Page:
Fortunately, Italy won. Football could use a few dashes of Italian adventure


The Italy national football team departs from the Parco dei Principi Hotel in Rome for the ceremony.Image EPA

The shocking racism after England’s defeat followed the conservative football of the home country and the shaky organization of the final. It was better for that reason alone that frivolous Italy took the European title to Rome.

The traditional kneeling before the game of the England national team, as a means of combating racism, has certainly not proved superfluous. In particular, 19-year-old Bukayo Saka received so much dung on social media after he missed the last English penalty in the European Championship final against Italy, that the FA released a statement more than an hour after the lost final. The union is shocked. The message: track down perpetrators, ask the government to take action and encourage platform management to be a better gatekeeper.

Jadon Sancho and Marcus Rashford also suffered. They came on shortly before the end of extra time to take a penalty kick without having touched a ball. They missed. The socially committed Rashford urged the government to spend millions on lunches for children in deprived areas. Three young men, socially committed to every fiber, denounced for a miss in a game.

It is the disappointed minority, it sounds standard, but it also says something about the social problems in England, although there was also heartwarming support for the trio. And racism in football is certainly not typically English. In the Netherlands, too, internationals have been treated racially several times if the performance in the national team did not match expectations. It’s a well-known phenomenon: when things go well, the dark player is embraced. But woe betide if it goes wrong.

England lived in a daze for a few weeks, but was blamed on Sunday, also by the public drunkenness of thousands of supporters and the storming of Wembley by supporters without tickets. From a technical point of view, there was criticism of the boring, little attacking-minded football, although almost everything was allowed in the euphoric English media, in the attempt to bring football home. The team was presented as exemplary for the multicultural society, for a thorough approach using data. It was a group of friends.

Of course, after the defeat, the questions came to national coach Southgate in particular. Why switch Henderson after his fill-in? Can’t he take a penalty? Why bring in boys who had barely touched the ball, which is quite different from having a goalkeeper who is a specialist come in especially for the penalty kicks? Where were Grealish, who can go to Manchester City for a hundred million, and Sterling? Southgate had also relied on data here, but the practice was unruly.

And wait a minute: Grealish immediately responded on Twitter. He had told the coach that he wanted to take a penalty, but he decided otherwise. He had to let that go. This creates cracks in the bastion, in the search for explanations that sometimes just aren’t there, because in sports not everything can be explained, even if according to the data everything should be correct.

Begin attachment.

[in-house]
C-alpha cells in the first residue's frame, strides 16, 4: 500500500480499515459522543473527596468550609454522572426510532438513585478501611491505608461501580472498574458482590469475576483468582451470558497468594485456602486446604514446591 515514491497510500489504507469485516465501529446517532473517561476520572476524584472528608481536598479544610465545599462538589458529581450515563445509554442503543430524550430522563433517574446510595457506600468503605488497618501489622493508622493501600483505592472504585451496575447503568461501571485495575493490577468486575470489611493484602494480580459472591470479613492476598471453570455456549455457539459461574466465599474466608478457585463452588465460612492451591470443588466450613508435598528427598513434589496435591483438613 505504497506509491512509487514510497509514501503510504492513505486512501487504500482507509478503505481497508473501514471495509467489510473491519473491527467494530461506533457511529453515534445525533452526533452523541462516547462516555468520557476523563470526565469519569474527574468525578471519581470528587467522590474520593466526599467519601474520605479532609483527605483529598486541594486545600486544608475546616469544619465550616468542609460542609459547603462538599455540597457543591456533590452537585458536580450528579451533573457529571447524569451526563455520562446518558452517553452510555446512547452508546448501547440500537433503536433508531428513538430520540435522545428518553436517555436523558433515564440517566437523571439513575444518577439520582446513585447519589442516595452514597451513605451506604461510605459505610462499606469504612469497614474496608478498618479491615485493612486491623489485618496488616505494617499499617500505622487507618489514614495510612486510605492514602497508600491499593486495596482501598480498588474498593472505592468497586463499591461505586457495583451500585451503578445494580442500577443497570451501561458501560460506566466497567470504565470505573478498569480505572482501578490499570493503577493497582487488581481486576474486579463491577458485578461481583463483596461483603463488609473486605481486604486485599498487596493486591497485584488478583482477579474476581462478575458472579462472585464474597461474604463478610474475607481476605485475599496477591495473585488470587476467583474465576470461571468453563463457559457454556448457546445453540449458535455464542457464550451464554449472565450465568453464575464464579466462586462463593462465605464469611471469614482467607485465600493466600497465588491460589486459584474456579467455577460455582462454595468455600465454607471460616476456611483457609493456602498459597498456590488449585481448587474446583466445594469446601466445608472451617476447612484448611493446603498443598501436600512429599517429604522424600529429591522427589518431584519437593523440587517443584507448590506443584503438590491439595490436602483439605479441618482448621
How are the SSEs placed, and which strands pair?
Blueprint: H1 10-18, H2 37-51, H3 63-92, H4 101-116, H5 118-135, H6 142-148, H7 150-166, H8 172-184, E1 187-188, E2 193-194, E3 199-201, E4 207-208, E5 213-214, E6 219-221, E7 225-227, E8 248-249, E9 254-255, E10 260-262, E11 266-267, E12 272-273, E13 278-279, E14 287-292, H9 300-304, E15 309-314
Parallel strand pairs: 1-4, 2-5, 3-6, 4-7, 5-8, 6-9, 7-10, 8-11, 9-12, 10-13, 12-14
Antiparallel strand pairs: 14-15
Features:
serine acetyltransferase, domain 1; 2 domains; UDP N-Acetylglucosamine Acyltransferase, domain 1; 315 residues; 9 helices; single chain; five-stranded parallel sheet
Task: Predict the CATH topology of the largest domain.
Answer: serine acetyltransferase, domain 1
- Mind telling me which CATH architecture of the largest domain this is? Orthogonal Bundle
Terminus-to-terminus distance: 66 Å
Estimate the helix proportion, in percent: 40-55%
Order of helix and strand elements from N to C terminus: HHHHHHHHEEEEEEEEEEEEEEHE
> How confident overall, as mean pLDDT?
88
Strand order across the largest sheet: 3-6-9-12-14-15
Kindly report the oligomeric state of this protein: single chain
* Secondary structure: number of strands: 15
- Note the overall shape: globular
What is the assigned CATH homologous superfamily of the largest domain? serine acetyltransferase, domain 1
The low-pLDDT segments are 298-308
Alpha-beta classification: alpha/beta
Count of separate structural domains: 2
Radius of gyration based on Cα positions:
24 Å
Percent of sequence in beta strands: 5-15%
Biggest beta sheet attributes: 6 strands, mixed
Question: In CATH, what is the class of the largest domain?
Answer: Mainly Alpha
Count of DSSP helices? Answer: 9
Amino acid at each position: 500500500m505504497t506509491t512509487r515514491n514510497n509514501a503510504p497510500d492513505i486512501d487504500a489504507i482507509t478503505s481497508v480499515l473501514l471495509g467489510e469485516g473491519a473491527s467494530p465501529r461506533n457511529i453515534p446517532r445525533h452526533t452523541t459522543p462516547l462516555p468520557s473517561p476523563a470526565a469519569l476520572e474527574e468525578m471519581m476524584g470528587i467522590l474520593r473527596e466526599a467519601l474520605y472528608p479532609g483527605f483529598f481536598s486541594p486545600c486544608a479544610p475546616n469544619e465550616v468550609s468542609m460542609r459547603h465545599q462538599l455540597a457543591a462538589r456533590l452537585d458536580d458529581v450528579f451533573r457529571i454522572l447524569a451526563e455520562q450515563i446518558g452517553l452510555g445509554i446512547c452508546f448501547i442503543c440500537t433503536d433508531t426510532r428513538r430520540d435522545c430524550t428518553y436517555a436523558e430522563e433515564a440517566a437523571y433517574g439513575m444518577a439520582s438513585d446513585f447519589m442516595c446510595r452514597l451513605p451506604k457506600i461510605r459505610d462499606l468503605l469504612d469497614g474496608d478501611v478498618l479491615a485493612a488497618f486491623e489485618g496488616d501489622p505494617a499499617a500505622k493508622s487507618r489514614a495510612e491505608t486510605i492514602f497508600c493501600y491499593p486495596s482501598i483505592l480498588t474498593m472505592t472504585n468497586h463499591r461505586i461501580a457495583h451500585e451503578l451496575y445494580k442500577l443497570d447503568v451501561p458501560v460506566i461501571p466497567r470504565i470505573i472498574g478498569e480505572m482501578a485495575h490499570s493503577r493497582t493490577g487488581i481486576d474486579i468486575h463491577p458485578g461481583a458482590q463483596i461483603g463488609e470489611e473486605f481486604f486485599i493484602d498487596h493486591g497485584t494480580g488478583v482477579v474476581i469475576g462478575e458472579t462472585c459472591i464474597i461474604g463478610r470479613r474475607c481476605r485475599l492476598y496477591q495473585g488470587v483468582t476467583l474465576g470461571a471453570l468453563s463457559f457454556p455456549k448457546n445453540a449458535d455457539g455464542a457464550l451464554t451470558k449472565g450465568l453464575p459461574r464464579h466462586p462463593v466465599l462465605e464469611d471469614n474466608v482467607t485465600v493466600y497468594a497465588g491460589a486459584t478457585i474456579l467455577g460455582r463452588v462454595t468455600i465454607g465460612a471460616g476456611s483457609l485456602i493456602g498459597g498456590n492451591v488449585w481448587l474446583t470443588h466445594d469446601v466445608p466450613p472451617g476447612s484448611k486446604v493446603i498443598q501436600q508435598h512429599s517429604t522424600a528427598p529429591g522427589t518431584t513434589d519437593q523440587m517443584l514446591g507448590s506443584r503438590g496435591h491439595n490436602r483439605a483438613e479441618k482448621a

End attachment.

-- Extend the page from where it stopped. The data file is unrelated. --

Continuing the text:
Thus, Italy became the cheerful, beautiful, satisfying champion. The best, most attractive team in the European Championship. Also a team of friends, if only because of the story of the childhood friends, national coach Mancini and team leader Vialli, back at Wembley, where they lost the final of the European Cup I in 1992 with Sampdoria through Koeman’s free kick.

The story of goalkeeper Donnarumma, so cool after the win, of defenders Chiellini and Bonucci. A thousand stories, of the resurrection also of Italian football, which was missing from the 2018 World Cup. Italy, not even overly talented, but united, offensive and full of struggle, even when the best players left the field in the war of wear and tear.

Italy, with its stale stamp of love for defence, held up a mirror to Europe’s football capabilities. Fun was splashing from the game. Perhaps only Spain, certainly from the second phase, was better at pure football, without being able to express that dominance in numbers in the semi-finals.

Overall, football could use a few dashes of Italian adventure. A goalkeeper (Donnarumma) as the best player of the tournament, the wingbacks as a revelation, that does not stimulate the imagination. Of course, there were fantastic, exciting matches, with the eighth finals France – Switzerland and Croatia – Spain being the highlights.

All in all it was worth it. The Danes were the moral winners, after their impressive recovery from Eriksen’s retirement. The English were a symbol of conservative, reasoned play. Standouts were mainly midfielders, from Pedri to Jorginho, Rice, Pogba and Xhaka.

Many players looked tired from the long season, living proof of the excess of football. Simulation is a problem in the fields that should not be underestimated. Appointment makes football uglier than it is.

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